Feb 10, 2013 (The Capital - McClatchy-Tribune Information Services via COMTEX) --
Renee Winsky spends her days listening to funding pitches and discussing business plans over coffee.
As the new head of the Chesapeake Innovation Center, Winsky is responsible for helping the incubator's eight member companies grow. Before that, she was president and founder of the consulting firm Bay One Group LLC. Winsky also served as CEO of the Tech Council of Maryland and president of the Maryland Technology Development Corporation (TEDCO).
In July, she was asked to serve as the interim executive director of the CIC, which has graduated 50 companies since its inception 2003. She applied for the job and was awarded it Oct. 1.
Winsky talked to The Capital about the CIC's past focus on terrorism, its future plans with health information technology and other innovations.
Where do things stand now with the CIC
"(When CIC started) we were all about homeland security, all about the Department of Defense, trying to help the Department of Defense find innovative things to battle this new (cyber) enemy we had. But when we looked back at these 50 companies, about half were in the national security space and the other half were just doing innovative technology.
"Most of our programs have focused on our partners with the (National Security Agency) and Department of Defense and national security and we're going to continue that. We have too robust of a network not to continue to nurture that. But at the same time, we're looking at health IT, smart grid and critical infrastructure companies because we can serve them."
What attracted you to this job
"Here I was working with (companies) on their business plans, working with them on their marketing strategies, looking for new customers, doing business development. These were things I didn't dabble in before but found very rewarding in order to be able to help these companies. So at the end, I tossed my name into a hat and I got the job."
What's a typical day
"One of my primary roles is to recruit new members, so I try to get out into the community, talk about CIC, talk about what we can do here and the services we provide for our resident members.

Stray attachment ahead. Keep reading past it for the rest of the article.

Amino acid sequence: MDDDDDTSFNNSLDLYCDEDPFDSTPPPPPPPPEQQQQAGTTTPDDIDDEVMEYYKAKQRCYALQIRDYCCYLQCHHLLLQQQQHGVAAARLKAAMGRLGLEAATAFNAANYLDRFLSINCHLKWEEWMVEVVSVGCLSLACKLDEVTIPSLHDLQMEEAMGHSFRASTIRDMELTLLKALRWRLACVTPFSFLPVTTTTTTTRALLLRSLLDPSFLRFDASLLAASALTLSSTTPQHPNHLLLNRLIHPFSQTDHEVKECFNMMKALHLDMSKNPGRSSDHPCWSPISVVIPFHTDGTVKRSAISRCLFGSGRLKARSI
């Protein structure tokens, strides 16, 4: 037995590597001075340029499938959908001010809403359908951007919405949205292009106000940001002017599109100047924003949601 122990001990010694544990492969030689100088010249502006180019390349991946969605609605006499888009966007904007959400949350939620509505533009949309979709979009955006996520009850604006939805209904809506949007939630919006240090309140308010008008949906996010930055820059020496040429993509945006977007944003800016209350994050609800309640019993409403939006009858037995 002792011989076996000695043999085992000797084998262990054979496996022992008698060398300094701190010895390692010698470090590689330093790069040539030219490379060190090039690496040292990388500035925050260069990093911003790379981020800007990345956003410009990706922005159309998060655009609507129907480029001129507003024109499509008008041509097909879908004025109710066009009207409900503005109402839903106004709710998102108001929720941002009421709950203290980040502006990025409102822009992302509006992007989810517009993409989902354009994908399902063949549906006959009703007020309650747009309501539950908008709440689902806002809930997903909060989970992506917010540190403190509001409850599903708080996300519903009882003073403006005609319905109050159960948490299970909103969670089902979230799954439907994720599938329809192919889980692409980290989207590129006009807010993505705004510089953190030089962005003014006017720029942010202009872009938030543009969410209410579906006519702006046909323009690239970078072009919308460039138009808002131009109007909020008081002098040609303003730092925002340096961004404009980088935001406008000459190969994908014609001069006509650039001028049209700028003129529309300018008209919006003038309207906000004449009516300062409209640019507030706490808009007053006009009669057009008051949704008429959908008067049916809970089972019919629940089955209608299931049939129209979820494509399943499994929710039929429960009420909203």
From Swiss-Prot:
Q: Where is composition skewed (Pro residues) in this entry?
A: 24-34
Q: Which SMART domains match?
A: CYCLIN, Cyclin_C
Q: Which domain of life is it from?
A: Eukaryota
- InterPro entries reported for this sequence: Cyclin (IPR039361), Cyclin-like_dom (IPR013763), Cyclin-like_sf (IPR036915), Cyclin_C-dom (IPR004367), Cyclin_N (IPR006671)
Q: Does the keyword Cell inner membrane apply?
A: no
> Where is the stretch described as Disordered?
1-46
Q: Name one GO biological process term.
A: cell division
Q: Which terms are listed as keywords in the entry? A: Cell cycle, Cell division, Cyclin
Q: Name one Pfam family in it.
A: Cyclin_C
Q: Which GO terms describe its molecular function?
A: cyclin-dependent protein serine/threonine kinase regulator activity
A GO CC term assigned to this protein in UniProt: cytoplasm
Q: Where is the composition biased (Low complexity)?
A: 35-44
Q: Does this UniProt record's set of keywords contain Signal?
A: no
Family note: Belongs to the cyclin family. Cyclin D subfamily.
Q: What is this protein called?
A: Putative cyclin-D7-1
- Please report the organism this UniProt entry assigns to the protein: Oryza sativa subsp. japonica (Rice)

"My door is always open for any of our member companies to come in with a challenge or an issue. We've had a number of companies that decided to apply and compete for the InvestMaryland Challenge. So I was reviewing lots of applications and helping them to refine what was essentially a four-page application for $100,000 in the first round.
"Anytime they want to stop by and they've got an appointment with an angel investor and they want to practice their pitch, I give them the time. (They) practice the pitch, and (I'll) be critical of it, because you want them to be successful. Any of those things can happen in any given day."
What does it mean to have a company graduate from the CIC
"One of the most important things about business incubation is that a company has come to an incubator looking for help, looking for assistance at finding avenues to new customers and learning things they didn't know about business.
"They might be the holders of their technology, they might be the developer of the greatest widget in the world, but they can't sell it. They can't find a customer. They don't know how to write a business plan. We can provide them with all of those things.
"Companies that graduate from incubators have a leg up on other companies because (the other firms) haven't had that nurturing, haven't had that attention. They haven't had that development."
"Health IT, certainly our national security focus. We're working on our calendar for the year. We will have a number of TechBridge events that provide an opportunity for innovative companies to present to an audience of either our national security partners or new health IT partners to look for collaboration.
"We want companies who want our help. Another key thing about companies that come through a business incubator, the ones that are successful are the ones that are coachable. Those that are coachable are successful because they know they can't do everything on their own.
"They know they need help. They know they need mentorship. They know they need other people's expertise to help them be successful and that's what we're doing here. And we want to do more of it, so bring 'em on."
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